iA


Only Love

by Keith.

Today I attended the funeral of a woman I had never met. She was a coworker’s mother at 9am this morning, but by time the funeral had passed at 11:30am, I came to realize that she, Mary, was so much more.

It feels odd to to sit in a church you’ve never been to and cry at the world’s loss of someone you didn’t know. It feels odd like laughing at a joke you overheard in a small room. It feels odd like making eye contact with a passing stranger. It feels odd like when your hand accidentally touches someone next to you in a crowded space and you’re suddenly reminded that the world exists so much further beyond your own gaze… so much deeper than your own thoughts and feelings… so much more than the span of your own existence… and in a certain sense, none of it feels odd at all.

I’m not much of a crier. I’ve had a lot of practice in hiding my emotions and pretending to be strong, but I am not ashamed to admit that my eyes were a leaking faucet when Mary’s husband gave a eulogy. The way he attested to the beauty, character and grace of Mary was absolutely stirring. He quoted a movie, saying:

 There are only four questions of value in life. What is sacred? Of what is the spirit made? What is worth living for, and what is worth dying for? The answer to each is the same: only love.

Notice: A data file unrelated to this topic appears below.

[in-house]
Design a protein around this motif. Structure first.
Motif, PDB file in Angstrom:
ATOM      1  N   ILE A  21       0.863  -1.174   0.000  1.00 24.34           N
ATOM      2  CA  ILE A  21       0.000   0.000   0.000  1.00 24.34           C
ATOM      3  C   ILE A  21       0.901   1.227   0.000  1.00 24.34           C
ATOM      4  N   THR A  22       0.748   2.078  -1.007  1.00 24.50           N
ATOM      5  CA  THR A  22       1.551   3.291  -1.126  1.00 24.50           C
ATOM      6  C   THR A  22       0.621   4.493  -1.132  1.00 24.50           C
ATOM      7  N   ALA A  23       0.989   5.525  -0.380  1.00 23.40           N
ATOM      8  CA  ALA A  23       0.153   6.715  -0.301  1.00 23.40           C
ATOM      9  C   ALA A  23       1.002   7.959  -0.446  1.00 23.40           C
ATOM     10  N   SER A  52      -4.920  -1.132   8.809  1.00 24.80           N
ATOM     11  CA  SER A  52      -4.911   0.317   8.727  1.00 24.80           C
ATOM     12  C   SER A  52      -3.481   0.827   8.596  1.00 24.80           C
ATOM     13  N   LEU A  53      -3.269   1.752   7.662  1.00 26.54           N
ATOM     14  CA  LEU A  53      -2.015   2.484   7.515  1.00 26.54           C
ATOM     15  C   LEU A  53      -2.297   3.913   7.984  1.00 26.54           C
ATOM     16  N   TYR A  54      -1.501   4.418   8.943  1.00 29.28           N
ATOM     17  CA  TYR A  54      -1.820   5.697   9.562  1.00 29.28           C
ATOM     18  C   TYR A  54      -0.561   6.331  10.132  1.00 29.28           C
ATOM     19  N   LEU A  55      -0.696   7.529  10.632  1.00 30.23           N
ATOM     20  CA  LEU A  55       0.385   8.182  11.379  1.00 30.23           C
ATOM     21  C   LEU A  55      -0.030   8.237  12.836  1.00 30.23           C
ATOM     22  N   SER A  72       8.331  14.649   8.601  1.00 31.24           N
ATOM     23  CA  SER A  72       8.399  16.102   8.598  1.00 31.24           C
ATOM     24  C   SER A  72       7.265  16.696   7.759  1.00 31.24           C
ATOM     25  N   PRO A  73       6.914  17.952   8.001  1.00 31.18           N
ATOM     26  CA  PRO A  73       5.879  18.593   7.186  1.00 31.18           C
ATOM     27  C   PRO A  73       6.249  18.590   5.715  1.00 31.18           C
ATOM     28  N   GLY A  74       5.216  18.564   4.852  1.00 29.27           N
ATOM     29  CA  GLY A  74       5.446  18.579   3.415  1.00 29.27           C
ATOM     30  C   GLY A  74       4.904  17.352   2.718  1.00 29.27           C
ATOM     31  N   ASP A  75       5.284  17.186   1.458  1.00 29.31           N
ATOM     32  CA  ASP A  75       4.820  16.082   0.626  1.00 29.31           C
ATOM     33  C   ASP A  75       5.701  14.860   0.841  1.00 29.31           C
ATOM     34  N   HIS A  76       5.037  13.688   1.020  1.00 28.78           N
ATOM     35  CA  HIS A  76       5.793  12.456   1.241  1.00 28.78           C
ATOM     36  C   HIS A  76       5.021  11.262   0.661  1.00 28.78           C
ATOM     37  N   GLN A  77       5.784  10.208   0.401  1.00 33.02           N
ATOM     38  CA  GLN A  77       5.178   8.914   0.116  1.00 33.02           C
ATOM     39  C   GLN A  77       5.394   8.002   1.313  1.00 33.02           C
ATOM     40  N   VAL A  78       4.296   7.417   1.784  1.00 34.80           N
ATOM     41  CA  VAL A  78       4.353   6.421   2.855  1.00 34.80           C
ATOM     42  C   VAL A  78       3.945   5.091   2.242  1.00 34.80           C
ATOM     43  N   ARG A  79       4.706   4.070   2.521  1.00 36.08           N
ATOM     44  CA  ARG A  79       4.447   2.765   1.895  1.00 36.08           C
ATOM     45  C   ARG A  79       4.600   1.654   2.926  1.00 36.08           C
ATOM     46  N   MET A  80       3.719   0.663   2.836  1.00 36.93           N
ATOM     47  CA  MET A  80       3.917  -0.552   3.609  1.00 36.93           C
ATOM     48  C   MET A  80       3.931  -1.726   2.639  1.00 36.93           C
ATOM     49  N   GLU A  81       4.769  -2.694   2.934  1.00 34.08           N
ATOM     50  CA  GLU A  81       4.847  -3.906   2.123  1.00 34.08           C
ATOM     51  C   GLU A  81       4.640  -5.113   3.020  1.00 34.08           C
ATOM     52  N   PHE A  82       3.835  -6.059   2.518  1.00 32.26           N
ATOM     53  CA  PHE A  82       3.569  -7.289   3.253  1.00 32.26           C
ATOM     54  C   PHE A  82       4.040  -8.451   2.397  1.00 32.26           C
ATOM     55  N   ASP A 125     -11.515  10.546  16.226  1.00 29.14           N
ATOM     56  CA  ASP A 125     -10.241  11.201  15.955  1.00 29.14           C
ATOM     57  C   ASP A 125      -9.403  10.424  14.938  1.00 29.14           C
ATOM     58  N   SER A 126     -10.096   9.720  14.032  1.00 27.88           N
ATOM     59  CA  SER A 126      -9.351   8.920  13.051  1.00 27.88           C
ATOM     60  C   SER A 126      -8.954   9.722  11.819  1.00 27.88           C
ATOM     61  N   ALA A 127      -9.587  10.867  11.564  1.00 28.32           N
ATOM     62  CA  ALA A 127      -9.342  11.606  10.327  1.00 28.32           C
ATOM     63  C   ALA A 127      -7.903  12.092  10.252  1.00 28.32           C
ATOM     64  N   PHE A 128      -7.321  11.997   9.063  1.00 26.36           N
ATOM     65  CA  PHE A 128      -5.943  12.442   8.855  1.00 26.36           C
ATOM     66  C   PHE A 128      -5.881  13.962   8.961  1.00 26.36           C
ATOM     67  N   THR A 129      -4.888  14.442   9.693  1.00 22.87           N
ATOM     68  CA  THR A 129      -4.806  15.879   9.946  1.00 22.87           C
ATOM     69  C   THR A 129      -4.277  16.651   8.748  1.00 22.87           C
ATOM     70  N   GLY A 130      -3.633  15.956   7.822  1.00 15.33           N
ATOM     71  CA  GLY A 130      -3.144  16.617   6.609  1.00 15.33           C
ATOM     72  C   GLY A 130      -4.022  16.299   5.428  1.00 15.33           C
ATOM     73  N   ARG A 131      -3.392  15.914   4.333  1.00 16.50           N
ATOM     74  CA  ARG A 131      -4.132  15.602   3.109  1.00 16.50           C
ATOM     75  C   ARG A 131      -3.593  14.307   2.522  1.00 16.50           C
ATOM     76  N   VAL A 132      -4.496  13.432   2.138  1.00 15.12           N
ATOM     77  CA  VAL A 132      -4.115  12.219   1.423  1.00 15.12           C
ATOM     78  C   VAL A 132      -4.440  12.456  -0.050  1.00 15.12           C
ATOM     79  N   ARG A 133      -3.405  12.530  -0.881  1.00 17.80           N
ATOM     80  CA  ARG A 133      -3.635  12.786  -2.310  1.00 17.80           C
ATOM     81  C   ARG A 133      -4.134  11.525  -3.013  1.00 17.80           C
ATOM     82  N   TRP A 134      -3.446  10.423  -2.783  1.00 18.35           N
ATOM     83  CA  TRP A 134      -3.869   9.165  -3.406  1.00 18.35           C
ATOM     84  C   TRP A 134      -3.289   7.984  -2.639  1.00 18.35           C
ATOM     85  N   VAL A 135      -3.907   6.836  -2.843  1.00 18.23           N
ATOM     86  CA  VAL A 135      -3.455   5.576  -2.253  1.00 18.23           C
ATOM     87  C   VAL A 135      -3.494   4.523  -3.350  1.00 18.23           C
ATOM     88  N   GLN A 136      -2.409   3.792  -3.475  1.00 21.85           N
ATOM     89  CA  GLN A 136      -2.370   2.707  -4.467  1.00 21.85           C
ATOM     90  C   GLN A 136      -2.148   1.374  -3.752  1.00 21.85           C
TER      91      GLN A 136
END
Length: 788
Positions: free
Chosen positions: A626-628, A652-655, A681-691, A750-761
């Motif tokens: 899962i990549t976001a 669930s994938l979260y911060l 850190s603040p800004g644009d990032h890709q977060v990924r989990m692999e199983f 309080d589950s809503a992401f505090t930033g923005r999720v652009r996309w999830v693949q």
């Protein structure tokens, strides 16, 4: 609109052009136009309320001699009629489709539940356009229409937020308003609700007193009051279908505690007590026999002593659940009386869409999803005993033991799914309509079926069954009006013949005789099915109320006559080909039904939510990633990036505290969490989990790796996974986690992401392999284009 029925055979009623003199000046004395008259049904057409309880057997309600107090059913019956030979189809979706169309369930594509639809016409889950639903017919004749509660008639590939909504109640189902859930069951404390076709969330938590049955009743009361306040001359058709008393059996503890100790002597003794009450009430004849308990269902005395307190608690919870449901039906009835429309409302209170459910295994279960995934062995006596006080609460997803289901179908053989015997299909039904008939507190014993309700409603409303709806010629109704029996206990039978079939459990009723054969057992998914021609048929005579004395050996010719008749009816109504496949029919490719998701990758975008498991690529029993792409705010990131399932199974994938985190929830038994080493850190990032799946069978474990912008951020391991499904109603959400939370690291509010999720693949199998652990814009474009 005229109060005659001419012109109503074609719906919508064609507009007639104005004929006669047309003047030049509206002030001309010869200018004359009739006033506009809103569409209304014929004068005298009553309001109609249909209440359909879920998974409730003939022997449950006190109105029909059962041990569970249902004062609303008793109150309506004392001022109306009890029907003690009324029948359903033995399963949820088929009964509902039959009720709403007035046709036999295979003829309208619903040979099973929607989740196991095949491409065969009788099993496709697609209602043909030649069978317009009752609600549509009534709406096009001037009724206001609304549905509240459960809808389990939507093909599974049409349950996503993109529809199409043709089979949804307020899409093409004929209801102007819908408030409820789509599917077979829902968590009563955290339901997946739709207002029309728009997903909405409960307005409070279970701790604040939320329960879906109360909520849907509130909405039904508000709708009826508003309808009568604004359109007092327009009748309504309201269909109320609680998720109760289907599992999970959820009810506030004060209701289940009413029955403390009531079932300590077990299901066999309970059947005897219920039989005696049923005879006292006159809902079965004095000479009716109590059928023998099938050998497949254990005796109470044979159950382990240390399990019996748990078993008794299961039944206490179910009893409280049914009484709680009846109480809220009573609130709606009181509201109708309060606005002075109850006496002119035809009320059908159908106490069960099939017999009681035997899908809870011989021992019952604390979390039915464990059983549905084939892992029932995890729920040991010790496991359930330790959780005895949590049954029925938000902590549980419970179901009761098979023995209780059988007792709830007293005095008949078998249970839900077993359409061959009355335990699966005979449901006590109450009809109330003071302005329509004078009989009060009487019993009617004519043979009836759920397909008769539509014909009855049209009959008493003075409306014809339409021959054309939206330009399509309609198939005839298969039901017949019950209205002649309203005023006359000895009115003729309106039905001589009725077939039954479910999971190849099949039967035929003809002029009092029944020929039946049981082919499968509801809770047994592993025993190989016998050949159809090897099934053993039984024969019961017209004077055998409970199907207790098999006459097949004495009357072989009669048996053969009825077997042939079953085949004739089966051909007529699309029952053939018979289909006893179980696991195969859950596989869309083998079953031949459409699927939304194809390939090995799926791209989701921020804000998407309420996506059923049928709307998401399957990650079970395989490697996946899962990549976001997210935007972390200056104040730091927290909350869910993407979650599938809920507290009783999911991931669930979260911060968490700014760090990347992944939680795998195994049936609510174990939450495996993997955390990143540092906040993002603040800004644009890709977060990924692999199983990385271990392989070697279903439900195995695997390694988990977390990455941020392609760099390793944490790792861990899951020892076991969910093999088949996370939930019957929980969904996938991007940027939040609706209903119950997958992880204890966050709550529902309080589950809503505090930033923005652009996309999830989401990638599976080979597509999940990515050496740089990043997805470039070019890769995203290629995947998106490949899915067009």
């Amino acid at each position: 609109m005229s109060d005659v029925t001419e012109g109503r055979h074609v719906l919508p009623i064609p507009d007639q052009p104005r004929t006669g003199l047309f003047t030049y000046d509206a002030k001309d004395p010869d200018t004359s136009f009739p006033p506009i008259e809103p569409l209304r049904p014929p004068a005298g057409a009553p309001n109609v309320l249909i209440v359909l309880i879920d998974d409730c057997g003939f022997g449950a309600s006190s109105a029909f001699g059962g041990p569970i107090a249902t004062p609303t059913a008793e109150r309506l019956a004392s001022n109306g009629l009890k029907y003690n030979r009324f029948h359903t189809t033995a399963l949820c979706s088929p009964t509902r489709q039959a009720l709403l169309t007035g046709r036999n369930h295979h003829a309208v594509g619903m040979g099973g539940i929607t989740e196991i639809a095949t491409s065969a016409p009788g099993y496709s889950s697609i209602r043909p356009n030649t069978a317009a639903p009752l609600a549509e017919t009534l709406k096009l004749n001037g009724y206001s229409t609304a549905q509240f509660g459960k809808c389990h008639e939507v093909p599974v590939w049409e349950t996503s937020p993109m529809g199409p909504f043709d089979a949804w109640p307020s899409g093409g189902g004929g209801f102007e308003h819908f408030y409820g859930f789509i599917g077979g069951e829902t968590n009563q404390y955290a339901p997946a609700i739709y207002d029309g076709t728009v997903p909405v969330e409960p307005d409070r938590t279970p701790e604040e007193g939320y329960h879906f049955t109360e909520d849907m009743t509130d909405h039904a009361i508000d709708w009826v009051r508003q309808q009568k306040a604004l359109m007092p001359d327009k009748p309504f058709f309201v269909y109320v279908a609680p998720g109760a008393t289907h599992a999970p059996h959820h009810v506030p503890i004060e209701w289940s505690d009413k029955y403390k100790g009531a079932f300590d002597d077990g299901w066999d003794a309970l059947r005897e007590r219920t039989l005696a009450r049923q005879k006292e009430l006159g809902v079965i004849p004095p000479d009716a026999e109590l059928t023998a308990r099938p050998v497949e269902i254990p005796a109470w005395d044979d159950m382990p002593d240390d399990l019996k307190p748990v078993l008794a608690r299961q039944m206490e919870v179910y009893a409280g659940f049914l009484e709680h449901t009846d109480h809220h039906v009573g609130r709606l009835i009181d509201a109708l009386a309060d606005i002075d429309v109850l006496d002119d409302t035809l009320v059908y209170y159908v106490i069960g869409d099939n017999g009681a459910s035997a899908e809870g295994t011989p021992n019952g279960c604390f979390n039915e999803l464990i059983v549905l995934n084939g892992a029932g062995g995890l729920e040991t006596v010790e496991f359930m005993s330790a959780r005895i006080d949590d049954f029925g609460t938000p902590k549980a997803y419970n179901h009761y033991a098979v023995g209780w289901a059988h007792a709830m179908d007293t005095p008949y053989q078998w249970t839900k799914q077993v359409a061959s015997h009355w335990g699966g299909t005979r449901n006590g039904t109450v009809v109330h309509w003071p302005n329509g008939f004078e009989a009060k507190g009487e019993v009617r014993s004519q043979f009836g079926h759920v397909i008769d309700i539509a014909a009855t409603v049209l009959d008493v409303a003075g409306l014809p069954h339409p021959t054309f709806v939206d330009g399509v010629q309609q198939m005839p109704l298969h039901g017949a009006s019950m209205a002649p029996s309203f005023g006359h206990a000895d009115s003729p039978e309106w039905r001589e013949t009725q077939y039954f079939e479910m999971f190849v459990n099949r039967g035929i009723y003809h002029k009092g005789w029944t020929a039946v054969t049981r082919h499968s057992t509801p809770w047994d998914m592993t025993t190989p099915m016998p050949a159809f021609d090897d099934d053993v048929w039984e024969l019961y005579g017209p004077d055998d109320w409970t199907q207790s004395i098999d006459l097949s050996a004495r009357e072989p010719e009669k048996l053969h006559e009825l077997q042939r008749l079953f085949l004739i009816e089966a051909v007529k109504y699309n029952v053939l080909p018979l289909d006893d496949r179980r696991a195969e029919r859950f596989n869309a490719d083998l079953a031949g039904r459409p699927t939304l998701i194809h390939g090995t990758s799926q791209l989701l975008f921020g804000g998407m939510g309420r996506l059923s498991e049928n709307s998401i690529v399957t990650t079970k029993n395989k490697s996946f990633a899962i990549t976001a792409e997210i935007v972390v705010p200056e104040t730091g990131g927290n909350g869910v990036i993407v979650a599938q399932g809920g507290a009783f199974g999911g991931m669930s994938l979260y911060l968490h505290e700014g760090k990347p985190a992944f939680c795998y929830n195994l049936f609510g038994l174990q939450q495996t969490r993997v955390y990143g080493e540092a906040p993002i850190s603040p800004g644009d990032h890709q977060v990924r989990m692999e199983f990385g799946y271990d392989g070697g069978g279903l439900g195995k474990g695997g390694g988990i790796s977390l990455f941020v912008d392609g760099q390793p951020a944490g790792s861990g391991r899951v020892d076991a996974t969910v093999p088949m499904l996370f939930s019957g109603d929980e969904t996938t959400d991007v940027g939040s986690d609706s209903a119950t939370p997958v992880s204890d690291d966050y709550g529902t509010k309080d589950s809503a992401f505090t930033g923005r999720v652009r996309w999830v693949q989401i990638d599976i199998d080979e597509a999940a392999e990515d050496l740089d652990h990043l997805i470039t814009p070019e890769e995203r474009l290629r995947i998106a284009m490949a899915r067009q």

Today, through the life and death of someone I didn’t know directly, I was reminded of what it means to be human. To be finite and contingent, and the make the best of it and fight for love to the bitter end.

I was also reminded about the importance of story telling. I’ve been thinking a lot lately about the idea of photographers being historians, curators of moments captured. I am more confident today that the pursuit of photography is a good and right path to take as my desire to be a visual historian grows, as my love for others grows, and as I learn more about spreading stories worth telling.

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